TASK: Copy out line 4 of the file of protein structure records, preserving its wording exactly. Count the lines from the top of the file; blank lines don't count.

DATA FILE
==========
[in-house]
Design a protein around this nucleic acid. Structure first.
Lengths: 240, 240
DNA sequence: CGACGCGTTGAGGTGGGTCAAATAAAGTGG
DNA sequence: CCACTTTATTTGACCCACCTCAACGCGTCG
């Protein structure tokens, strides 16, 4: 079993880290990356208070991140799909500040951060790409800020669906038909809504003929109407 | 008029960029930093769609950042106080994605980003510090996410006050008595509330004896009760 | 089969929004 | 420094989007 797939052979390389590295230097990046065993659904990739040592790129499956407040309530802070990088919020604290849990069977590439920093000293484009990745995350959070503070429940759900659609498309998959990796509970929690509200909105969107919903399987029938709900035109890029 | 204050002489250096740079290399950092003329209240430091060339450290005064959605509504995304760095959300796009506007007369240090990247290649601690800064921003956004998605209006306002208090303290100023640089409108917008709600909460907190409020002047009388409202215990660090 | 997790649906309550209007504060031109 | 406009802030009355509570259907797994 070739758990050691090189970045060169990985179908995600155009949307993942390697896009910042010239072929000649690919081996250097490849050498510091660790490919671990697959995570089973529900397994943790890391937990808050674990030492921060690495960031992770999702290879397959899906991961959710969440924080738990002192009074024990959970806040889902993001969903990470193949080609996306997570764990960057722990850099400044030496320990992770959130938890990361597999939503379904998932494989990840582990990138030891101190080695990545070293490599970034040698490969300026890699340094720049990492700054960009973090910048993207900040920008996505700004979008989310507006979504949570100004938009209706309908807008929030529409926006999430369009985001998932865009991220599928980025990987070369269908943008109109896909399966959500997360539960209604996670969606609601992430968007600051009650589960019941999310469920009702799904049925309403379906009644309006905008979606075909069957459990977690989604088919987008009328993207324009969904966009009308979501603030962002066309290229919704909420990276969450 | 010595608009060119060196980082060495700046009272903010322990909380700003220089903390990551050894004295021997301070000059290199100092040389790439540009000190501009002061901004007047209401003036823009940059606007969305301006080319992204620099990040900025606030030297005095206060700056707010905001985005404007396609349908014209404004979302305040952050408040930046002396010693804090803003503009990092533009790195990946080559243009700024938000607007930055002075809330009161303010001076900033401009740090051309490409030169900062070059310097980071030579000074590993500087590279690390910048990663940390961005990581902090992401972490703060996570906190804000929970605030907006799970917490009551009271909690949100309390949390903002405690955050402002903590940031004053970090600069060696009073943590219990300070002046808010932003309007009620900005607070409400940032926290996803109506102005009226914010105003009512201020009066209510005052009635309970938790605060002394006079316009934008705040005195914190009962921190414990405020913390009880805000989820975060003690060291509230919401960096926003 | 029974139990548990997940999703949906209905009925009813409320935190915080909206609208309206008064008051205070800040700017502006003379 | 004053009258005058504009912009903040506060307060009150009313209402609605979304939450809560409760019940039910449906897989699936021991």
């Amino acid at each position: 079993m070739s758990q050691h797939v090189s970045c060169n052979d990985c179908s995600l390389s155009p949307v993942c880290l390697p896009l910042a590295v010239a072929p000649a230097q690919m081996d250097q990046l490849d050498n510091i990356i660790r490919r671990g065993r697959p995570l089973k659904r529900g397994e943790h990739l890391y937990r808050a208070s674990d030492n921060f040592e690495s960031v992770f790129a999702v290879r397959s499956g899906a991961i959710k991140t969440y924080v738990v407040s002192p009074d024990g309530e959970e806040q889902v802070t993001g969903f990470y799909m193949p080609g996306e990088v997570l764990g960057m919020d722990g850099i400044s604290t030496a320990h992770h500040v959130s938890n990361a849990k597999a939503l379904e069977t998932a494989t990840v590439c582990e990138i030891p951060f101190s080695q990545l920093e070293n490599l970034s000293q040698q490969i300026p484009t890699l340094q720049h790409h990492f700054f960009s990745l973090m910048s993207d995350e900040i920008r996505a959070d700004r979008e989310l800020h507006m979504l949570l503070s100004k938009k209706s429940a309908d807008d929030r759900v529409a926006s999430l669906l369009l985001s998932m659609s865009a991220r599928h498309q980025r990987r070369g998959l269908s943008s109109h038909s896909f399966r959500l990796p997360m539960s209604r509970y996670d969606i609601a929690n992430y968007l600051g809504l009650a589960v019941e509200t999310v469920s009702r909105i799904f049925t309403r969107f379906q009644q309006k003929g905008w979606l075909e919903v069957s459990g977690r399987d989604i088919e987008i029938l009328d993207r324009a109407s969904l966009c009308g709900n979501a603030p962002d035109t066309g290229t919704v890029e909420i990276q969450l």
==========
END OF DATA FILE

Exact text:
DNA sequence: CGACGCGTTGAGGTGGGTCAAATAAAGTGG